STEM lovers will devour the novel’s exploration of human computers and the math behind the process of space launches, and they’ll learn about how, before Neil Armstrong walked on the moon, a group of female mathematicians calculated the numbers used to launch rockets by hand. Not only this, but students will see how STEM isn’t just “all facts”, completely distinct from ideas discussed in the humanities; in fact, they’ll see how social and historical context always influence and inform scientific exploration, discovery, and developments. 

4. Blood and Germs: The Civil War Battle Against Wounds and Disease by Gail Jarrow

blood and germs coverThe last of our featured nonfiction books about science is a fascinating history of the medicine and medical practices used during the US Civil War. Due to its more graphic nature, this read is more suitable for older YA readers. 

Gail Jarrow chronicles the various techniques and substances used to treat war-caused wounds and illnesses, describing the many dangerous conditions (from parasites to gangrene) that hundreds of thousands of soldiers were susceptible to without treatment. Students with a knack for Biology or an early interest in pursuing a career in medicine will be gripped by Jarrow’s descriptions of how humanity dealt with pests, disease, and infections without today’s modern medicine.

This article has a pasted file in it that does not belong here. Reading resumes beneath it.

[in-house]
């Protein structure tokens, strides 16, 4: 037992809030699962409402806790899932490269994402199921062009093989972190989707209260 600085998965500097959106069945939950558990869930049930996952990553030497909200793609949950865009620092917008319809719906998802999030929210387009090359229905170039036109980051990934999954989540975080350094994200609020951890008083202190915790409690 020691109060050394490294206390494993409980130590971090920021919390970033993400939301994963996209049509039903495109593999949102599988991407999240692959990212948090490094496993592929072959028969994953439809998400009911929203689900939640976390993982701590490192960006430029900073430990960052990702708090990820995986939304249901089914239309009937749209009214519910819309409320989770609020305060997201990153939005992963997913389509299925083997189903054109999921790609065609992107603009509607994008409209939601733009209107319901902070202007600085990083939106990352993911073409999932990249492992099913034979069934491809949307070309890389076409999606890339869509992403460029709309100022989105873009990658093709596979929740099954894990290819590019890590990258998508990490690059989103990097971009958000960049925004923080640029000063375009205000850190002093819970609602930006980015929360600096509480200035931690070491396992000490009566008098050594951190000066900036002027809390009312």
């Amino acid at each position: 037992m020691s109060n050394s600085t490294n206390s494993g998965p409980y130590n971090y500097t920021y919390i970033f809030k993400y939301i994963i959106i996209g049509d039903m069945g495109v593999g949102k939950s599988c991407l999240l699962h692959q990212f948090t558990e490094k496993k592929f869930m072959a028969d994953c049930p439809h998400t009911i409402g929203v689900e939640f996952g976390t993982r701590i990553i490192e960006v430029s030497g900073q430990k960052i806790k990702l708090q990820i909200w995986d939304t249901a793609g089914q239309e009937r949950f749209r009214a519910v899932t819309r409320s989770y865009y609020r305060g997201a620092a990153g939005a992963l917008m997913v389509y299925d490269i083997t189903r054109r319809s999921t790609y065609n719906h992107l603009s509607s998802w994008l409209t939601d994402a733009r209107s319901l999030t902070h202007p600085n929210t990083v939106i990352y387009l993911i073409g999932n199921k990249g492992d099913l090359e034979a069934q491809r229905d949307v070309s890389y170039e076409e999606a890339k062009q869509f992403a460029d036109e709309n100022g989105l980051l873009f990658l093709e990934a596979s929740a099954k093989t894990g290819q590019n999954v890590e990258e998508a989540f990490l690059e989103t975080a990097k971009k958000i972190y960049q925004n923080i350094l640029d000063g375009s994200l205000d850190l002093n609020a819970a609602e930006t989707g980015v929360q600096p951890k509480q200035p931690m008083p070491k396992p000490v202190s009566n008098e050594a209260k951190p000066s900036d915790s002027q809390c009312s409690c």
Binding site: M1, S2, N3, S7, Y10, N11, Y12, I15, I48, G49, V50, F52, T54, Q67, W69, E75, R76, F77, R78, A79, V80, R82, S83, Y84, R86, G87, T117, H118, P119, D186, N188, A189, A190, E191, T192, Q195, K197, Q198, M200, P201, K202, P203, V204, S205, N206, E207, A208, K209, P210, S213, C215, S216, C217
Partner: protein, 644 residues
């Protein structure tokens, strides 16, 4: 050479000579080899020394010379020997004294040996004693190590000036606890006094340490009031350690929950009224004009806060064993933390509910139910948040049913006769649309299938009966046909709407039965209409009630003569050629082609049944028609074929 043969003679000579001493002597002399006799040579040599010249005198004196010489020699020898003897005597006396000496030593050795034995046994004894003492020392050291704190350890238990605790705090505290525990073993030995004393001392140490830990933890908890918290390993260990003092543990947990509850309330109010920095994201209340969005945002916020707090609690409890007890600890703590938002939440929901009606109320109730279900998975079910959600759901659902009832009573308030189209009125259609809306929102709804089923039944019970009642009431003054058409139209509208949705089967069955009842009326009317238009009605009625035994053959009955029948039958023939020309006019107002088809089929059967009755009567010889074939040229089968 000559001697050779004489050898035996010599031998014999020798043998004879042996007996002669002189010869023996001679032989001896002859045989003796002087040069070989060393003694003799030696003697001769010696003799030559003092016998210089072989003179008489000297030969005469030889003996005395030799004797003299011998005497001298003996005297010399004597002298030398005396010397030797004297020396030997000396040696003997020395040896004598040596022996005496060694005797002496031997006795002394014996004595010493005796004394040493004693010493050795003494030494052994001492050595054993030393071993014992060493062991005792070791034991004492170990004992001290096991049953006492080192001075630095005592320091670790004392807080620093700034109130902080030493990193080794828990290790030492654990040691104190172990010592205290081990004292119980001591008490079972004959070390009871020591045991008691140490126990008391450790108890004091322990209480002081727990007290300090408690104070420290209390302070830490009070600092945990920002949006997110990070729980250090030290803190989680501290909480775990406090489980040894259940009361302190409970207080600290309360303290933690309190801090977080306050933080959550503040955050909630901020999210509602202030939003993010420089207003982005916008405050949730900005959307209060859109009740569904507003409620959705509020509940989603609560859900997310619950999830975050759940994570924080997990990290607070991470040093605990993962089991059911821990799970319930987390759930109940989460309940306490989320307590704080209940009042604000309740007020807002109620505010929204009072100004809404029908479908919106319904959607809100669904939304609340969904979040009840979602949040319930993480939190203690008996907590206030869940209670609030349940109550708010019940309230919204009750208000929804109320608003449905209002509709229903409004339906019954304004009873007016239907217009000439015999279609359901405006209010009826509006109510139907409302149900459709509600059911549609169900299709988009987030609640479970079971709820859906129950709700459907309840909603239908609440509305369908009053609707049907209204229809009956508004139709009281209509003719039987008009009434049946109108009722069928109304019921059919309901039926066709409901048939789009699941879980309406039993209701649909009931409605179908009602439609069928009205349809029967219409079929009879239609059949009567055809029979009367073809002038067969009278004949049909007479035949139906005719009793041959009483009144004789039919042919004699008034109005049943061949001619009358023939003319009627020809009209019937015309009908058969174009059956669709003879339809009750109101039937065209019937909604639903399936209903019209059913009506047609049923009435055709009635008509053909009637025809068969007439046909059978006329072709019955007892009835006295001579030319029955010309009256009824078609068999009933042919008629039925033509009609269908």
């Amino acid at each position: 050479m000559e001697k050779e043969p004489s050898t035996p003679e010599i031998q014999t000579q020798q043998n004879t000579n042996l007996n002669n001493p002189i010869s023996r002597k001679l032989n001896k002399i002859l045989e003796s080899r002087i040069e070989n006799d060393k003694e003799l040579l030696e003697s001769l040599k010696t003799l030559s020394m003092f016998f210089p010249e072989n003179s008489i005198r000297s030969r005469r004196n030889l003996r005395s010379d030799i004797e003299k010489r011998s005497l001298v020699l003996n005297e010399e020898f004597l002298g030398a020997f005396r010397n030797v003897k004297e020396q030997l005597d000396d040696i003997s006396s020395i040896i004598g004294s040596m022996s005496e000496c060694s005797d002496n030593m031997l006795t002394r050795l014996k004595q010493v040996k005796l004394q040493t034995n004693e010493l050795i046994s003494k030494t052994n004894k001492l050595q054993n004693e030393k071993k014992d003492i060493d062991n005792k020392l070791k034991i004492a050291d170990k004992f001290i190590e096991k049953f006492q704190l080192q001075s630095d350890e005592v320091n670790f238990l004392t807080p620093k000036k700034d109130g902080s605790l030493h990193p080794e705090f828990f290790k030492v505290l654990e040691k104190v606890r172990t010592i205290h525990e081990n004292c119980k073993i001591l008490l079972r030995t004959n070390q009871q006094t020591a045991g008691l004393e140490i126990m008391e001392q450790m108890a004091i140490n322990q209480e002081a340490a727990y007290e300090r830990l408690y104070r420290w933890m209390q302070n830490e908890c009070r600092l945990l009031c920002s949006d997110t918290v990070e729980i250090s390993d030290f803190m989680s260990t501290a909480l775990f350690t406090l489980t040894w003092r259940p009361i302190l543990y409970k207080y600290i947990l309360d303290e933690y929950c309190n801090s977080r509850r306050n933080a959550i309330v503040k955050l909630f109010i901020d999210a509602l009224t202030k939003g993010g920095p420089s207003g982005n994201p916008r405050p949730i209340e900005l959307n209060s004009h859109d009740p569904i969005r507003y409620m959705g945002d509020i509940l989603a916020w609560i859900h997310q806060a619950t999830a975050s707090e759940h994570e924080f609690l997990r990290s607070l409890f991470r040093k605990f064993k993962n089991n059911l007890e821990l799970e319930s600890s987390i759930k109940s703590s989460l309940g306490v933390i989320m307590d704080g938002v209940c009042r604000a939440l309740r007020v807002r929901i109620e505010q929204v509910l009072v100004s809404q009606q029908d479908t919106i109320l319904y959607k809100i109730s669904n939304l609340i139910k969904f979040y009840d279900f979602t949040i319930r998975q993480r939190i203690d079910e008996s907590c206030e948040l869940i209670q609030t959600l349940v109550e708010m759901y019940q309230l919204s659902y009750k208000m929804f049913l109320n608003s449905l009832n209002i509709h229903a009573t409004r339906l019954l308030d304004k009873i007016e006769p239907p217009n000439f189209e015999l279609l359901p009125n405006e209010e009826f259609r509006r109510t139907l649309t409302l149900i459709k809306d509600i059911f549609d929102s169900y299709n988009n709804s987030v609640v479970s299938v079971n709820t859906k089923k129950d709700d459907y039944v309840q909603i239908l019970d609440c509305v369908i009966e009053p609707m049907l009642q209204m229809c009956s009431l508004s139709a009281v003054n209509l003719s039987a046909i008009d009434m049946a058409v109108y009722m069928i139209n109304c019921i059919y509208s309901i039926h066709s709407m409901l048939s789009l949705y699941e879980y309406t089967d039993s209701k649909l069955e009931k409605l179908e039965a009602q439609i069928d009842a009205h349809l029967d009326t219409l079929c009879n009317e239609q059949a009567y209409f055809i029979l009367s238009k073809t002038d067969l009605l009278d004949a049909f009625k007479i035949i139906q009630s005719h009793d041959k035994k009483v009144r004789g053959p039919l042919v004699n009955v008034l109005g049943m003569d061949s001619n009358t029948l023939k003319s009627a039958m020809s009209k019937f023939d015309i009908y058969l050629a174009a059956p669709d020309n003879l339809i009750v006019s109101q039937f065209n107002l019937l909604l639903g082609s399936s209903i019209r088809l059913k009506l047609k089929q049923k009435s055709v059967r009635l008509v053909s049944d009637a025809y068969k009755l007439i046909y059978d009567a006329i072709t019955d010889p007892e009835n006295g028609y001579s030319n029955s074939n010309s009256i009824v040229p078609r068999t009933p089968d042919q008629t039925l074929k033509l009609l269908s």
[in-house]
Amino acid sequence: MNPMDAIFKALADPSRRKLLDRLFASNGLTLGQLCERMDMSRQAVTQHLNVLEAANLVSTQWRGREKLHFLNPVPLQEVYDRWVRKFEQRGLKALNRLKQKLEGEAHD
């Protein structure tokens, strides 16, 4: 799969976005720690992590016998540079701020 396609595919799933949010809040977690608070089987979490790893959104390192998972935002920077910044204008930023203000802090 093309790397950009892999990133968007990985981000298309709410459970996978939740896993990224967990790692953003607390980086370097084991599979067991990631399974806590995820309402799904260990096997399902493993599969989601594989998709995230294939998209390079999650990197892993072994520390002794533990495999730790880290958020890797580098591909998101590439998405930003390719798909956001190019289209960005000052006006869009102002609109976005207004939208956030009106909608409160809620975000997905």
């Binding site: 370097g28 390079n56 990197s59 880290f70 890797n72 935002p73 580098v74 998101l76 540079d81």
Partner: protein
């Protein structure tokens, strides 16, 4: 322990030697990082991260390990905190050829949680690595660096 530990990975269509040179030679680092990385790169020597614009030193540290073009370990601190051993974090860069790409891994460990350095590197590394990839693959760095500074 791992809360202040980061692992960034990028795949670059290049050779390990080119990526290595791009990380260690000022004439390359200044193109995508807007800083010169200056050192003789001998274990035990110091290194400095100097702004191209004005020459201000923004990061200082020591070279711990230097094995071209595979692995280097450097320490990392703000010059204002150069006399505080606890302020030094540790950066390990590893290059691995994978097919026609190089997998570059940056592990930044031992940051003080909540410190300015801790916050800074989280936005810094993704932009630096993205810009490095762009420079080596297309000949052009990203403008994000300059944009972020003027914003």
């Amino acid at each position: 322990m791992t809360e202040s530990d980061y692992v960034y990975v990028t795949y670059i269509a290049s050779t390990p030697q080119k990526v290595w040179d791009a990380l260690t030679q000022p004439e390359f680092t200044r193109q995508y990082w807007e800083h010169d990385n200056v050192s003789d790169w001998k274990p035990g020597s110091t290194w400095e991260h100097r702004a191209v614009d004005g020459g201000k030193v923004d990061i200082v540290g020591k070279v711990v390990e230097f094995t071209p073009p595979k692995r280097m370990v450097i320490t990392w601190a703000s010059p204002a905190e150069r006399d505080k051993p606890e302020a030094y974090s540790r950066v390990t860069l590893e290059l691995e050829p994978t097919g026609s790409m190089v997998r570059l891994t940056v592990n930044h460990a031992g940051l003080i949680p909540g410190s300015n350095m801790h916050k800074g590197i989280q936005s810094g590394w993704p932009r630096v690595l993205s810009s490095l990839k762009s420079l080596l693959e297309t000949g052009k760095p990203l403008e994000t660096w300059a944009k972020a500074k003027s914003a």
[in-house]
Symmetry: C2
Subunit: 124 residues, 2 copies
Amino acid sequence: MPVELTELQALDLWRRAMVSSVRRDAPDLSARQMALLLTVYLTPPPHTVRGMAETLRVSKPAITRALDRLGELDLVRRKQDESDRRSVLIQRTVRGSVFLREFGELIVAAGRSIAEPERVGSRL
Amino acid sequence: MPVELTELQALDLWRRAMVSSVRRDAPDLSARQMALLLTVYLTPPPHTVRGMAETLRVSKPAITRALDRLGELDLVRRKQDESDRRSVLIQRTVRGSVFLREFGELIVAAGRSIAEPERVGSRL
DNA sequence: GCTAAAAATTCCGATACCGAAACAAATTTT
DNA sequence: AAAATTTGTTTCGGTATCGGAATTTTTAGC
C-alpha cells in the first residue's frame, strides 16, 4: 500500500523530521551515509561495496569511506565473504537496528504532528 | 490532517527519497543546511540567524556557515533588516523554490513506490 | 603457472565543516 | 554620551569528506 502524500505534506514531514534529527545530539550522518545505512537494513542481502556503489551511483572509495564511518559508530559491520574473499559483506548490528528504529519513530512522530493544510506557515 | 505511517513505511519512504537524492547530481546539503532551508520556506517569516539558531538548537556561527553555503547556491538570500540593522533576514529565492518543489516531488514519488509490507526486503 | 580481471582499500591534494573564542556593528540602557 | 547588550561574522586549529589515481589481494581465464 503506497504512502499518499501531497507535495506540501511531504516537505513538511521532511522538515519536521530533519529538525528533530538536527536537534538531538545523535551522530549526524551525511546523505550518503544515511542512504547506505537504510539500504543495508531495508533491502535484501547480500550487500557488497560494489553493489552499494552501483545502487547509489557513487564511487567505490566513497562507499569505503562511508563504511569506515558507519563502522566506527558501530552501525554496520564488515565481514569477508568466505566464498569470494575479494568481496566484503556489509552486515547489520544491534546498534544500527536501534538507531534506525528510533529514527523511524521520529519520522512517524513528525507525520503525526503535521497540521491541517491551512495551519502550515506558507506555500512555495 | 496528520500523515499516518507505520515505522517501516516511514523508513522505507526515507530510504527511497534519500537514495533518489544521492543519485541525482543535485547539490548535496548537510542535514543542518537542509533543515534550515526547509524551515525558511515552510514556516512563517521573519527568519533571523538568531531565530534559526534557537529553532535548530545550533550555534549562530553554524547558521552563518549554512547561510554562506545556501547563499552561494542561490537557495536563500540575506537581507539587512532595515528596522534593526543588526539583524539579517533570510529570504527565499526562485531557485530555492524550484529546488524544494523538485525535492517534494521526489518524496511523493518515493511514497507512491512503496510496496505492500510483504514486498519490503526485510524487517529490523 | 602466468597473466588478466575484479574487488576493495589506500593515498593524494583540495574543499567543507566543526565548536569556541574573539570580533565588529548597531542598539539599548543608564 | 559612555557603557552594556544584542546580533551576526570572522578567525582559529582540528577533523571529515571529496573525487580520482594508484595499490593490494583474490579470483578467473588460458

Science Fiction Must-Reads

The science and technology in our everyday lives has limitations, but literature allows us to explore an infinite breadth of possibilities. These science fiction masterpieces (including both modern and classic reads) integrate imagination into our scientific understanding of what’s real—at least one of these riveting novels is sure to motivate a struggling reader who loves STEM subjects.

1. The Lion of Mars by Jennifer L. Holm

lion of mars coverA New York Times bestseller, The Lion of Mars details the experiences of eleven-year-old Bell, a cat- and cake-lover who was born and lives in a US colony on Mars. When a virus breaks out that infects all the grown-ups, Bell and the other children are left to save them and reveal the truth behind their colony.

Settling on Mars has been a hot topic in popular scientific discourse for years, and this novel explores what that could be like from a child’s point of view. This captivating read creates an immersive and thoughtfully-depicted setting on our neighboring red planet and invites readers to investigate what community and social relationships mean to them. Students can also draw upon their own experience when reading about the colony’s epidemic, developing a personal connection to the novel.

2. When You Reach Me by Rebecca Stead

when you reach me coverThis Newberry Medal winner is a mesmerizing, middle-grade dive into the sci-fi subgenre of time travel. 6th grader Miranda begins receiving mysterious notes that predict the future after a falling out with her best friend. She considers ignoring the messages, but cannot when they predict that someone will die and Miranda might be able to save them.

A clever must-read for any little scientist looking to explore a new mystery, as described by Publishers Weekly’s review of the novel: “It’s easy to imagine readers studying Miranda’s story… and spending hours pondering the provocative questions it raises.” When You Reach Me is bound to spark a motivation to read for inquisitive minds